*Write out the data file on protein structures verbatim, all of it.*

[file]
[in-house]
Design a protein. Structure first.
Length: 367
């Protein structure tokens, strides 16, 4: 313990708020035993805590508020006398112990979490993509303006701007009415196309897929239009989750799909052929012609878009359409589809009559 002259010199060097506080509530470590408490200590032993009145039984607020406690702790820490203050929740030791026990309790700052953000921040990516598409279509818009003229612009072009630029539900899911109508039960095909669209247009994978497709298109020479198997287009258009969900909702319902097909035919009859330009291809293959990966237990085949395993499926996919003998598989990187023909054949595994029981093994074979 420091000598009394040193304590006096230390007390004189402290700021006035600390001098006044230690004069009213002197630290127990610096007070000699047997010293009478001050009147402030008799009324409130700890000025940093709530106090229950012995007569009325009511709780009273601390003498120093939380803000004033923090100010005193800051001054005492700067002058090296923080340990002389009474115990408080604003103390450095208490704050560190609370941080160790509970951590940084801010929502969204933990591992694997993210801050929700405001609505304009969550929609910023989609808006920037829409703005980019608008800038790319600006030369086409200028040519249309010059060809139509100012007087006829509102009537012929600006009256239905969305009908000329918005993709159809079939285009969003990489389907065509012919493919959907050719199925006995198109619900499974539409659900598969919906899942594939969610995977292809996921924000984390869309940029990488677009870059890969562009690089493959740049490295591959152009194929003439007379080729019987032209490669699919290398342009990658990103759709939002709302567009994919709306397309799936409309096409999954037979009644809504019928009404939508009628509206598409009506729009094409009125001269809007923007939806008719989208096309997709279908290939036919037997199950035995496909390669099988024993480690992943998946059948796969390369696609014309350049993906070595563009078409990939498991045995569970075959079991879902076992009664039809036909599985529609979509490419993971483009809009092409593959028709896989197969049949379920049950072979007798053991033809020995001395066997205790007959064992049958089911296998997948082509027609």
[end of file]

[in-house]
Design a protein. Structure first.
Length: 367
């Protein structure tokens, strides 16, 4: 313990708020035993805590508020006398112990979490993509303006701007009415196309897929239009989750799909052929012609878009359409589809009559 002259010199060097506080509530470590408490200590032993009145039984607020406690702790820490203050929740030791026990309790700052953000921040990516598409279509818009003229612009072009630029539900899911109508039960095909669209247009994978497709298109020479198997287009258009969900909702319902097909035919009859330009291809293959990966237990085949395993499926996919003998598989990187023909054949595994029981093994074979 420091000598009394040193304590006096230390007390004189402290700021006035600390001098006044230690004069009213002197630290127990610096007070000699047997010293009478001050009147402030008799009324409130700890000025940093709530106090229950012995007569009325009511709780009273601390003498120093939380803000004033923090100010005193800051001054005492700067002058090296923080340990002389009474115990408080604003103390450095208490704050560190609370941080160790509970951590940084801010929502969204933990591992694997993210801050929700405001609505304009969550929609910023989609808006920037829409703005980019608008800038790319600006030369086409200028040519249309010059060809139509100012007087006829509102009537012929600006009256239905969305009908000329918005993709159809079939285009969003990489389907065509012919493919959907050719199925006995198109619900499974539409659900598969919906899942594939969610995977292809996921924000984390869309940029990488677009870059890969562009690089493959740049490295591959152009194929003439007379080729019987032209490669699919290398342009990658990103759709939002709302567009994919709306397309799936409309096409999954037979009644809504019928009404939508009628509206598409009506729009094409009125001269809007923007939806008719989208096309997709279908290939036919037997199950035995496909390669099988024993480690992943998946059948796969390369696609014309350049993906070595563009078409990939498991045995569970075959079991879902076992009664039809036909599985529609979509490419993971483009809009092409593959028709896989197969049949379920049950072979007798053991033809020995001395066997205790007959064992049958089911296998997948082509027609």